Organic phosphorus is much less absorbable than inorganic phosphorus.
The digestive system only absorbs around 40–60% of organic phosphorus, while it absorbs up to 100% of the inorganic phosphorus found in foods like cereals, cakes, soda and deli meat (
Since inorganic phosphorus is more effectively absorbed by the digestive tract, it affects the body differently than organic phosphorus.
Eating too many foods containing sodium phosphate additives can raise phosphate levels in the body to an unhealthy level.
Studies have linked high levels of phosphate with conditions like heart disease, decreased bone density, premature aging, kidney issues and even early death (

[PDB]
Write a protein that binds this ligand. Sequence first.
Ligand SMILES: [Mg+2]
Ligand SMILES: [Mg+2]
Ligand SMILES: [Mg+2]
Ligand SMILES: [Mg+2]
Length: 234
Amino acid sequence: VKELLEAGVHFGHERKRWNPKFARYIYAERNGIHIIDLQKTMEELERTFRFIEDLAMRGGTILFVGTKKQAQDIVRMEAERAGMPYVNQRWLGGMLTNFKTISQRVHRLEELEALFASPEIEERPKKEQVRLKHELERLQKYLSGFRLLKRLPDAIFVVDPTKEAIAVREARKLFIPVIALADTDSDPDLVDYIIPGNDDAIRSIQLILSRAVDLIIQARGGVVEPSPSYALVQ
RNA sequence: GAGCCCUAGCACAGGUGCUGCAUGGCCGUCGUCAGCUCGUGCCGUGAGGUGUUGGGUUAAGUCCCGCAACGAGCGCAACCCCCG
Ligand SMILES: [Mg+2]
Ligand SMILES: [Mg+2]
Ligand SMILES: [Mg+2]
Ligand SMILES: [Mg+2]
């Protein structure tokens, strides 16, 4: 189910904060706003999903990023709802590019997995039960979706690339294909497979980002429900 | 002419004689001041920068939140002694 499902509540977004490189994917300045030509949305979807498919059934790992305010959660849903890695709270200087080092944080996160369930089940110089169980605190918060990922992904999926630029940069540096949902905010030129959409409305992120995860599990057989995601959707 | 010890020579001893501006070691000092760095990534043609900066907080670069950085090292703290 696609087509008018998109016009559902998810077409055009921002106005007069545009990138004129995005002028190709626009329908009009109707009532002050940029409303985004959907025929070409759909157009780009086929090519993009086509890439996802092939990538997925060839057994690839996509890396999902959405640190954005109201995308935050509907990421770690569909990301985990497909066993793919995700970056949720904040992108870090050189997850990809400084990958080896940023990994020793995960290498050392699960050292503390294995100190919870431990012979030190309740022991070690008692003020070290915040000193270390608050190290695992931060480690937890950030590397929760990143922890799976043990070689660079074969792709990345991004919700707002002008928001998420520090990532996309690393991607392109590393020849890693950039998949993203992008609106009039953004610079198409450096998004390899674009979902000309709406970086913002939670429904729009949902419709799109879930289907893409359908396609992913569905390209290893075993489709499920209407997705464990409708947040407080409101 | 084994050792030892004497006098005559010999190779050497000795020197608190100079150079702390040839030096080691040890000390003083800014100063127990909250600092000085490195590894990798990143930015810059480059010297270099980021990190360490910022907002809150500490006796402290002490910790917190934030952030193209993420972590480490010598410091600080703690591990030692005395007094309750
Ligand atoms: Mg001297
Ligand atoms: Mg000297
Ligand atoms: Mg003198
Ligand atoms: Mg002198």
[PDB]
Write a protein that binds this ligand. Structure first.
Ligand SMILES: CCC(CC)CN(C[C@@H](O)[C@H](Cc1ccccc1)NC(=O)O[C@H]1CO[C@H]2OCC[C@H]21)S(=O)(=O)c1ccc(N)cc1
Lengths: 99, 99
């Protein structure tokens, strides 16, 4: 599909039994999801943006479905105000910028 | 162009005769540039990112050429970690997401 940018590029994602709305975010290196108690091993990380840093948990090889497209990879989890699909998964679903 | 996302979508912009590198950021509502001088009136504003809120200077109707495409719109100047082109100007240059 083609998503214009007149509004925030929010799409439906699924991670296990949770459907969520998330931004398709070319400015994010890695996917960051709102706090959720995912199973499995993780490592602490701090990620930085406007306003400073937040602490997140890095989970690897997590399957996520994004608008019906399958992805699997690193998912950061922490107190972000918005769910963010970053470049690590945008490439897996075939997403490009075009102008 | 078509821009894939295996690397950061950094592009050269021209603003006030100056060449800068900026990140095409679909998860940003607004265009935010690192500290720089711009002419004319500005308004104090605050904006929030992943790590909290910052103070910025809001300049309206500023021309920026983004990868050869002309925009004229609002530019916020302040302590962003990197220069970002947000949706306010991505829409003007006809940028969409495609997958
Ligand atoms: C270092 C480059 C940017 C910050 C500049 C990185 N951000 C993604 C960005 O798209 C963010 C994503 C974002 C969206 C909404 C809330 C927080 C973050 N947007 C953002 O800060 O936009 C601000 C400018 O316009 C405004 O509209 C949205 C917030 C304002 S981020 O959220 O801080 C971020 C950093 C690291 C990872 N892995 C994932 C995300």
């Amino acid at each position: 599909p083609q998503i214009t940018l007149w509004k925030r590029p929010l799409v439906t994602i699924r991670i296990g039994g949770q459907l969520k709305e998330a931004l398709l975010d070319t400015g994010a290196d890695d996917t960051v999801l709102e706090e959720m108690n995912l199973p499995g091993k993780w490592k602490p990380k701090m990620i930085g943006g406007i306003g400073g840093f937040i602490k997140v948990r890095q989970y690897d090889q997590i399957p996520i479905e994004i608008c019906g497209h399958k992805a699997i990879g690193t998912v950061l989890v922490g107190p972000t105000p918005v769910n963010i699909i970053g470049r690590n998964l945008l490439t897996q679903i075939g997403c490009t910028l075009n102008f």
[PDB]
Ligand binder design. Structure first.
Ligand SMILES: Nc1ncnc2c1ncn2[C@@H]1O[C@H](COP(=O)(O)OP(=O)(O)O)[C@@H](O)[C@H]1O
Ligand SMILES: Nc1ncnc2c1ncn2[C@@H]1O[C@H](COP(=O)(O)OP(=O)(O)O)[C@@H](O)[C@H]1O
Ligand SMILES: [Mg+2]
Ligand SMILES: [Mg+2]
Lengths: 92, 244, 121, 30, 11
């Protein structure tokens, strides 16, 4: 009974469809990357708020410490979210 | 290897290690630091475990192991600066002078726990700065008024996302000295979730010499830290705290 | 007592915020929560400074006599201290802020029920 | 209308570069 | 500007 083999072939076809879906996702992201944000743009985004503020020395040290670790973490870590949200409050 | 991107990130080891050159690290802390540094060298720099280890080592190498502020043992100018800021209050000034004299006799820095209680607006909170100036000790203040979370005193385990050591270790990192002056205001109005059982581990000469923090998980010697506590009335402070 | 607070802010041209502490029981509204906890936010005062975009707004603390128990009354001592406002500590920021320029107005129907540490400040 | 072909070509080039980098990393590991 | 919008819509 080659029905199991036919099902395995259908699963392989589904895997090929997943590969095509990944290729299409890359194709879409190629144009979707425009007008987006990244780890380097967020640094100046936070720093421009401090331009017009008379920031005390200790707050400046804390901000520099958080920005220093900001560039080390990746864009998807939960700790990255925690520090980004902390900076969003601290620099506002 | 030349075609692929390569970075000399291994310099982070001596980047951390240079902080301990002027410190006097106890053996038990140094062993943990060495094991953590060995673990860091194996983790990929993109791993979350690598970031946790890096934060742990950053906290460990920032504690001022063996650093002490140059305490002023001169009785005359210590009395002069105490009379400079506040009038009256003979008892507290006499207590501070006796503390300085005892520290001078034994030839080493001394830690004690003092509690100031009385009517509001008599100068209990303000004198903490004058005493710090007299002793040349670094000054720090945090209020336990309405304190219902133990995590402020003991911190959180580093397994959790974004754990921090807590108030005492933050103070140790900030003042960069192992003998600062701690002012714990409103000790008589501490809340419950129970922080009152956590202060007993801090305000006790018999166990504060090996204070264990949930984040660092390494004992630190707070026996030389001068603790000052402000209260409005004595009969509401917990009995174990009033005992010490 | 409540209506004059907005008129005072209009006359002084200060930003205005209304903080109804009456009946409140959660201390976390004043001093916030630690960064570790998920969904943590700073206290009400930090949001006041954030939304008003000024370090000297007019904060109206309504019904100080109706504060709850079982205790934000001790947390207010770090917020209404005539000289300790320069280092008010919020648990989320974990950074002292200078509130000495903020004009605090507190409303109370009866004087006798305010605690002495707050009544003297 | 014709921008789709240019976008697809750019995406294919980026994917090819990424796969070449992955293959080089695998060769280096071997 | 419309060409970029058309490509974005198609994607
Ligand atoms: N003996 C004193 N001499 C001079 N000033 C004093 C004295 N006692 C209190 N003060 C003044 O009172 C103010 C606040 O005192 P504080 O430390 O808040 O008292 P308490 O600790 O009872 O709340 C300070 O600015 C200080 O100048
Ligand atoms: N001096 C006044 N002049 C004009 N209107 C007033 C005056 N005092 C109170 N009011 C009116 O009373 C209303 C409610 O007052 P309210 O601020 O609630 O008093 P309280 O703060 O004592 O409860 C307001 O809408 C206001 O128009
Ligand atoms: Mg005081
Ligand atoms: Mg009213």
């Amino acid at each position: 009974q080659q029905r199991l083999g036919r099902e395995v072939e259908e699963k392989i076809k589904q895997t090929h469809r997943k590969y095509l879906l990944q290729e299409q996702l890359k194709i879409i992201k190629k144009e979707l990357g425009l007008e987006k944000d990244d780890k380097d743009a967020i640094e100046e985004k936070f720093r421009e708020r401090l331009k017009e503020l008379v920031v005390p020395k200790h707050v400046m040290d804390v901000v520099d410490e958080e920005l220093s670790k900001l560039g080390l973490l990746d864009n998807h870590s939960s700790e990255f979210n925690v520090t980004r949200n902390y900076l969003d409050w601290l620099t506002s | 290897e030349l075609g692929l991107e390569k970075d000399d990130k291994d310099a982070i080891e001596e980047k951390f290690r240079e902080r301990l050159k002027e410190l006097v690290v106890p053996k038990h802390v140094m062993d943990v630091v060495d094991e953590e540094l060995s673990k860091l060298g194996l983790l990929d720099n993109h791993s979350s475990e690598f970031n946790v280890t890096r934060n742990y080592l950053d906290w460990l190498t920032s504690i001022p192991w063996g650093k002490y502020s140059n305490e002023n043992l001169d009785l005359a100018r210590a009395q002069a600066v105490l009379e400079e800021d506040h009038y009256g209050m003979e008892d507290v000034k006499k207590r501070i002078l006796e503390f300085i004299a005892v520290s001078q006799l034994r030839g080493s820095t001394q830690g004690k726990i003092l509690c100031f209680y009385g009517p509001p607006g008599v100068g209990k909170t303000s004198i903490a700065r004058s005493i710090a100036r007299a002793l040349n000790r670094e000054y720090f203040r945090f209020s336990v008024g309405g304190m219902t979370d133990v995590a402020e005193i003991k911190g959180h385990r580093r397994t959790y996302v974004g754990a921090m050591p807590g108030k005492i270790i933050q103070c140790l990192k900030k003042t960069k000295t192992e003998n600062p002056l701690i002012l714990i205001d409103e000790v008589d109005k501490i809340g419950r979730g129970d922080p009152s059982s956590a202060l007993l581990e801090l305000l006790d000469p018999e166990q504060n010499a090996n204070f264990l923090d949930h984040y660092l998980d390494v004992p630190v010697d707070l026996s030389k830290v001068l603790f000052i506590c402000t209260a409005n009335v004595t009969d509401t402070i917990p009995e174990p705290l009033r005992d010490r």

Sodium phosphate additives are absorbed more effectively than natural sources of phosphorus. While consuming small amounts of sodium phosphate is likely safe, eating too much sodium phosphate can lead to unhealthy levels of phosphorus in the body.
While consuming too much sodium phosphate is not good for anyone’s health, small amounts of it are considered safe.
Nevertheless, people with certain medical conditions should avoid foods that contain sodium phosphate additives like trisodium phosphate.
People With Kidney Disease or Kidney Failure
When the kidneys are healthy and functioning normally, they filter out waste products from the blood, including excess phosphorus.
However, when the kidneys are compromised, such as in those with chronic kidney disease (CKD) or kidney failure, they lose the ability to properly excrete waste products.
People with kidney failure and advanced CKD need to limit the amount of phosphorus they consume to avoid high blood levels of phosphorus.